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Story

One seedling at a time

How Ivorian smallholder cocoa farmers are restoring lost tree cover

When a major drought hit the South-West of Côte d’Ivoire in 2015, much of the expected harvest of the country’s main commodity — cocoa — was lost and the livelihoods of thousands of smallholder farmers were jeopardised. “I nearly lost my entire cocoa plantation, except for in the areas where I had large trees,” says Kouassi Akoura Apolinaire Yao, a young farmer who manages a two-hectare plantation near Méagui, 400 km west of the capital Abidjan. “It was these trees’ shade that saved the cocoa plants.”

Aya Odette Brou

Aya Odette Brou

Member of the Village Saving and Loans Associations (AVECs, by their French acronym) of Pogréagui village, 15 km north of Méagui, Côte d'Ivoire

Source: Adeline Dontenville, EU REDD Facility

Aya Odette Brou

Member of the Village Saving and Loans Associations (AVECs, by their French acronym) of Pogréagui village, 15 km north of Méagui, Côte d'Ivoire

Source: Adeline Dontenville, EU REDD Facility

 

His experience is echoed by that of many other smallholders in the area. But not everyone could count on trees to save their harvests — Côte d'Ivoire’s deforestation rate is one of the world’s highest and cocoa production is largely to blame. And the loss of tree cover doesn’t only make cocoa yields more vulnerable to drought. “We, the women, don’t find enough fire wood to cook meals with,” says Amoin Sahoure, who lives in the village of Assawlèkro.

So, when a project proposed in 2017 to reward cocoa farmers and communities for engaging in agroforestry, reforestation and conservation, the farmers were keen to listen. The project is a partnership between the Ivorian Government and Mondelēz International, one of the world’s largest chocolate producers. It is being implemented by a nongovernmental organisation called Impactum.

“When Impactum came to talk to us about the tree project, we realised that this could be the solution for overcoming our difficulties”, says Aya Odette Brou, from Pogréagui village, 15 km north of Méagui. The project is an example of a ‘payments for environmental services’ (PES) scheme. It was initiated, with the support of the EU REDD Facility, in the context of growing global efforts to stop and reverse deforestation. It is planting seeds of hope among the plantations that now dominate this hot and heavily-deforested landscape in the middle of Côte d'Ivoire’s ‘cocoa belt’.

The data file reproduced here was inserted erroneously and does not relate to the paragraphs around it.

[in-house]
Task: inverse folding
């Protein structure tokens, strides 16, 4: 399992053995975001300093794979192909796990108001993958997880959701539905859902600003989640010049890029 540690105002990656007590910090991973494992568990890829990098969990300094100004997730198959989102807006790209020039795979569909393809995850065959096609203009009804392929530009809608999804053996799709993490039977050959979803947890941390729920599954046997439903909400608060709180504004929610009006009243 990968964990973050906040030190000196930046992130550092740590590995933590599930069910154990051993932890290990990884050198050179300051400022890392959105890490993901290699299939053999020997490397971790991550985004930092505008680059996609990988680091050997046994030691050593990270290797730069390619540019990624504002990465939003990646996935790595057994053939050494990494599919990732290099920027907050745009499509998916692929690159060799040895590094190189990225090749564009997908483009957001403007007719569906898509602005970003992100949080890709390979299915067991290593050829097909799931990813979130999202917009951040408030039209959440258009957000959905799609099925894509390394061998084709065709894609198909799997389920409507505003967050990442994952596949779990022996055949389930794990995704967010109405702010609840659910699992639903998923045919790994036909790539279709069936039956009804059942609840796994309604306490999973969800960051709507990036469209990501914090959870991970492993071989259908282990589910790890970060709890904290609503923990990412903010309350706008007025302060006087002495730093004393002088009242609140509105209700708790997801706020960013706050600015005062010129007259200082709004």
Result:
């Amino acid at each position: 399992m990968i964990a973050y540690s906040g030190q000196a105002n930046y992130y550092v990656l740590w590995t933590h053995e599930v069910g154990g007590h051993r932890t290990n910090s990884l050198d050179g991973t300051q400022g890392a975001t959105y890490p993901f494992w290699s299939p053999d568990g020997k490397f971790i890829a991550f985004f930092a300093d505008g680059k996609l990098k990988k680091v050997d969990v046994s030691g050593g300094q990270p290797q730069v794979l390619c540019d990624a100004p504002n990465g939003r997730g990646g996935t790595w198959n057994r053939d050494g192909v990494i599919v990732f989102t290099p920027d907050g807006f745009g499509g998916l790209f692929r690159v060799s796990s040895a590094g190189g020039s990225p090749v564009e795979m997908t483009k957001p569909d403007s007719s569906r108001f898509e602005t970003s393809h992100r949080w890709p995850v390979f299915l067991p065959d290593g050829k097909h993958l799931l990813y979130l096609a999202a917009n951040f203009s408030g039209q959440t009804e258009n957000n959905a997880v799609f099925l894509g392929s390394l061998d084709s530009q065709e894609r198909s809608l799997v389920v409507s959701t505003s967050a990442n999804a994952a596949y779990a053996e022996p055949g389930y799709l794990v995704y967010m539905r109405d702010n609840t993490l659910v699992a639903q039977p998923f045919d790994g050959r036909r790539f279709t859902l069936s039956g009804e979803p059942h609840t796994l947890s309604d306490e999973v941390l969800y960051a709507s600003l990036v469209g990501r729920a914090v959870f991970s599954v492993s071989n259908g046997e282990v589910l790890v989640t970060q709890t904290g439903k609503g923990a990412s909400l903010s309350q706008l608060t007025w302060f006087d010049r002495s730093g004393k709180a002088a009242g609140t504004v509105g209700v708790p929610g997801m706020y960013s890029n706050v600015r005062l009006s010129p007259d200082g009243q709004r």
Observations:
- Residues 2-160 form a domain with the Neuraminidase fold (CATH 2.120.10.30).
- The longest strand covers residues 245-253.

Kouassi Akoura Apolinaire Yao

Kouassi Akoura Apolinaire Yao

Young farmer who manages a two-hectare plantation near Méagui, 400 km west of the capital Abidjan

Source: Adeline Dontenville, EU REDD Facility

The country is a case study in rapid tropical deforestation. Its forest cover dropped from 50% (16 million hectares) of the total land area in 1960 to just 10% (3.4 million hectares) in 2016. The expansion of cocoa production has been the largest driver of forest loss. But since 2014, Côte d’Ivoire has made ambitious commitments to decouple cocoa production from deforestation and restore forest cover to 20% of its territory by 2030. 

Private companies have pledged to eliminate deforestation of their supply chains and help restore the country’s forest cover. Mondelēz is contributing to these objectives through its CocoaLife program. As most cocoa is produced by smallholders who sell it — via traders — to large companies like Mondelēz, one possible way to recover forests and reduce cocoa expansion is to convince those smallholders to plant or preserve trees. 

Yet encouraging smallholders to adopt sustainable practices like agroforestry or replantation is not easy. Most smallholders live close to the poverty line. They lack the means to invest in inputs or seedlings that would increase their yields or provide alternative revenues. That’s where the PES scheme comes in. It offers farmers incentives, such as tree seedlings, technical support for plantation management, and a financial bonus for success. With community-level contracts, meanwhile, the scheme will provide social infrastructure such as schools, clinics and wells in exchange for successful reforestation or conservation actions.